In the culinary arts, the word herb refers to any green or leafy part of a plant used for seasoning and flavoring a recipe, but not used as the main ingredient.
What exactly does this mean? Here's an example. Spinach is the green part of a plant, but spinach is a vegetable, not an herb because spinach is prepared as a food itself, not merely to add flavoring to another food.
Similarly, a leaf of lettuce is the green part of a plant, but when you make a salad, the lettuce is the main ingredient, so lettuce isn't an herb either.
So what is an herb? Examples of herbs are basil, parsley, rosemary, thyme, and dill. Note that for each of these, we're talking about the green or leafy part of some kind of plant. In the case of basil, the leaves can be quite large, whereas rosemary leaves or more like spines. Still, each is the leafy or green part of the plant and thus an herb.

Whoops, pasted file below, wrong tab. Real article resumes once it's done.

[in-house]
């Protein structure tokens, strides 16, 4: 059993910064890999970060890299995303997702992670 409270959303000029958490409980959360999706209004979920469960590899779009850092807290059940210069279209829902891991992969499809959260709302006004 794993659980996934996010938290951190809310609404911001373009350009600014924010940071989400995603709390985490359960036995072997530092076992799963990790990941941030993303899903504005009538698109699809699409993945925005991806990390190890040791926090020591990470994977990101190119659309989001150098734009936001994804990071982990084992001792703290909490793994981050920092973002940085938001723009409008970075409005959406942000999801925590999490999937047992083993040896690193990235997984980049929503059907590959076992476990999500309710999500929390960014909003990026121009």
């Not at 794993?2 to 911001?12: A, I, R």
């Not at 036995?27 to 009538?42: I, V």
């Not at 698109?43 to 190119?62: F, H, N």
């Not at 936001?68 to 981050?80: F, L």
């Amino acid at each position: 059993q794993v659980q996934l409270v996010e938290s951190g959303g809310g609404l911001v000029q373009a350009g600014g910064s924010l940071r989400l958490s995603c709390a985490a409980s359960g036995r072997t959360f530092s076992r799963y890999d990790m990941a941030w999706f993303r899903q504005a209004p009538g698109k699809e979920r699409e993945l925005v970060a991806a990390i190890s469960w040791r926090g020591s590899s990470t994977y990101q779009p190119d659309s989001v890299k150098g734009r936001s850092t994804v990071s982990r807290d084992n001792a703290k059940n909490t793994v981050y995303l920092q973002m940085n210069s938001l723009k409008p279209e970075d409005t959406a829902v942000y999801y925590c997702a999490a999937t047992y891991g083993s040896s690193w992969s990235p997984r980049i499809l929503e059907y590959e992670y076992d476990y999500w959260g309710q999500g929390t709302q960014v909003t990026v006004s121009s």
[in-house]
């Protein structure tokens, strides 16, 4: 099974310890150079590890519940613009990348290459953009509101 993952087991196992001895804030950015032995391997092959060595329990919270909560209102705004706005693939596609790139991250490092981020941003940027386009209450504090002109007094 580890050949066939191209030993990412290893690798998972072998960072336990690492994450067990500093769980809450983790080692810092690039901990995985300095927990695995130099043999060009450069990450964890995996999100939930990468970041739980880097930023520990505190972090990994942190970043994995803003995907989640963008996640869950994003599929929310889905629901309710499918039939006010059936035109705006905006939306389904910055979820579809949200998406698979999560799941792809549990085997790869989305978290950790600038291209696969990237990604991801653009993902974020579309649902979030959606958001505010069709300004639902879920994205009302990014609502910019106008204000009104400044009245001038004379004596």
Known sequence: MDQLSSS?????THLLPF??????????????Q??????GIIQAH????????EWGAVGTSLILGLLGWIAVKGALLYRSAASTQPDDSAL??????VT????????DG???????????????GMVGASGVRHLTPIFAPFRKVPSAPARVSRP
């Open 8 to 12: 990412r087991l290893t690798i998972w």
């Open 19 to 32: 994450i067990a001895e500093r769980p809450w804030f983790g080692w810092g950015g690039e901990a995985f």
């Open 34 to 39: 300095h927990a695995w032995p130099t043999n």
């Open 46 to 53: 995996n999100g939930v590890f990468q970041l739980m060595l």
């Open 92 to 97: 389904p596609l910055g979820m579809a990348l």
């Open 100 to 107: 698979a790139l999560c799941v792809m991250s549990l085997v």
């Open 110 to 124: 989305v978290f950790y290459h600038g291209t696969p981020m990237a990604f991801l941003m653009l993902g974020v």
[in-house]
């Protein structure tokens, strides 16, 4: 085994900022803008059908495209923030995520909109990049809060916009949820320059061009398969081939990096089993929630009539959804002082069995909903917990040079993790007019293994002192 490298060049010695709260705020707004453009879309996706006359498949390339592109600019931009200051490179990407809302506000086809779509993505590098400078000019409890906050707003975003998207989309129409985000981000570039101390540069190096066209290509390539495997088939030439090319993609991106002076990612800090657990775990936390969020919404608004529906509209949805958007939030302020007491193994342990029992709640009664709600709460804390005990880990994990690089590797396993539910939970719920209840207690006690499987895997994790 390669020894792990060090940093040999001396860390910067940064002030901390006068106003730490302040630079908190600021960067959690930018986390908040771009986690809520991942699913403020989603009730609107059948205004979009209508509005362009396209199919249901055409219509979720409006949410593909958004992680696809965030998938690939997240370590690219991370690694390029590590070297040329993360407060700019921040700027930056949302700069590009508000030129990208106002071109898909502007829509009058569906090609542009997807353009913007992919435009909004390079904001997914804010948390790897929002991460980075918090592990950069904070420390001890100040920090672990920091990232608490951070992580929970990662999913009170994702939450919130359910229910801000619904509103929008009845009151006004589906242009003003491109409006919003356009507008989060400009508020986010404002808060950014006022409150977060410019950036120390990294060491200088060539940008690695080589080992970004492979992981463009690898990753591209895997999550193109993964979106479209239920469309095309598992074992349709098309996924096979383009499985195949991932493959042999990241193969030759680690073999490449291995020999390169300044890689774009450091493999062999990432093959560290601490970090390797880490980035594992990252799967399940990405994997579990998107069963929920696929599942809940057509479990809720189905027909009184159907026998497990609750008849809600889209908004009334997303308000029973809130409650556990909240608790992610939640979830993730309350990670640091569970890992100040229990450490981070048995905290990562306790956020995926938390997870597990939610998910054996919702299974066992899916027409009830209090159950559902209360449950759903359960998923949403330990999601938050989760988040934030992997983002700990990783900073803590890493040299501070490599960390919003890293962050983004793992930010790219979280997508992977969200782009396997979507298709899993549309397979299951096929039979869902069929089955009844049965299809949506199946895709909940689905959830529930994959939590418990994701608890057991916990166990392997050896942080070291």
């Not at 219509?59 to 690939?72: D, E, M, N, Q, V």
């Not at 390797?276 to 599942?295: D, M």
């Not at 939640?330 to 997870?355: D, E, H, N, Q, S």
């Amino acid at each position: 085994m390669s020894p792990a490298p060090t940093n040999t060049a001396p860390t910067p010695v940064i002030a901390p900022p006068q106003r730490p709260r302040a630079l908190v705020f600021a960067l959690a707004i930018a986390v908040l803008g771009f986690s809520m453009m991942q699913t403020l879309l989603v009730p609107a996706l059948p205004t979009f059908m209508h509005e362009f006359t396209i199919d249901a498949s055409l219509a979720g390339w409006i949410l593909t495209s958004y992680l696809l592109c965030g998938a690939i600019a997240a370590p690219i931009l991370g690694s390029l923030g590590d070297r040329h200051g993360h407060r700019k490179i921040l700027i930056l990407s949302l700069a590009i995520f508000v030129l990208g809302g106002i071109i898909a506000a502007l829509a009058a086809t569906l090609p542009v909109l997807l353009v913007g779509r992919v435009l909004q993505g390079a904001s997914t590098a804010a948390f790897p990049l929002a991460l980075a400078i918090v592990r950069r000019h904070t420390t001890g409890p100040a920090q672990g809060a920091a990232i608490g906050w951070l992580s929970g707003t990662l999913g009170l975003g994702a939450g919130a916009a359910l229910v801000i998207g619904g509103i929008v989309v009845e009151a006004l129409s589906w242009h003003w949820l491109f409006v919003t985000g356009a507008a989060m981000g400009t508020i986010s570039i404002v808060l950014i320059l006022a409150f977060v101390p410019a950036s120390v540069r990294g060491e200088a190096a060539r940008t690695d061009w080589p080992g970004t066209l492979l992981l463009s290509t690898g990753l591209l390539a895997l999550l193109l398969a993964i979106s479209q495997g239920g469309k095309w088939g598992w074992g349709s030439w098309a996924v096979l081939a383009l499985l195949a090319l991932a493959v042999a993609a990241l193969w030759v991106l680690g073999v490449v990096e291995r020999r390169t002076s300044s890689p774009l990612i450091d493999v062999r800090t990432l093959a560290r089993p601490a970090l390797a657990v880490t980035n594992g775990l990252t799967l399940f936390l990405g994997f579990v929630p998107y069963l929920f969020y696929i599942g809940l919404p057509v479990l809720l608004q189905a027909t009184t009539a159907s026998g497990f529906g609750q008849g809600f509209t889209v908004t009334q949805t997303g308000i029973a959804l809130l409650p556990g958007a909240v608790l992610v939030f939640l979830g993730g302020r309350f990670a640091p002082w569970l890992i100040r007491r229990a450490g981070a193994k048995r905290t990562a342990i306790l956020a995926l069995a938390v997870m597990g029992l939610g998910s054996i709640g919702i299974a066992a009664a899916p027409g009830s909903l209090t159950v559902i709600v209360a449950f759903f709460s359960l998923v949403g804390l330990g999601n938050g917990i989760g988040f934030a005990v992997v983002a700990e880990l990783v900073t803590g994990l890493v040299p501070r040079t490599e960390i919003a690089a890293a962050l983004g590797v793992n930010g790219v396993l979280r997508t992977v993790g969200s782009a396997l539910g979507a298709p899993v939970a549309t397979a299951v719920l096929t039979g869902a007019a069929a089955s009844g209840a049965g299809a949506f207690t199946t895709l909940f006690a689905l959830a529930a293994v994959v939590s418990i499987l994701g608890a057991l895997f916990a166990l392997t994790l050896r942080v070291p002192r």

So what exactly is the difference between an herb and a spice? We already know that an herb is the green part of a plant used for seasoning or flavoring. Anything else would be considered spices — for instance, any dried bark, root, berry, seed, twig, or other plant matter that is used to season or flavor a dish.
For instance, cinnamon is the bark of a tree. Cardamom is a seed pod. Allspice is a dried berry. Cloves are dried flower buds. These are all examples of spices. Note too that spices are used in dried form while herbs can be used either fresh or dried.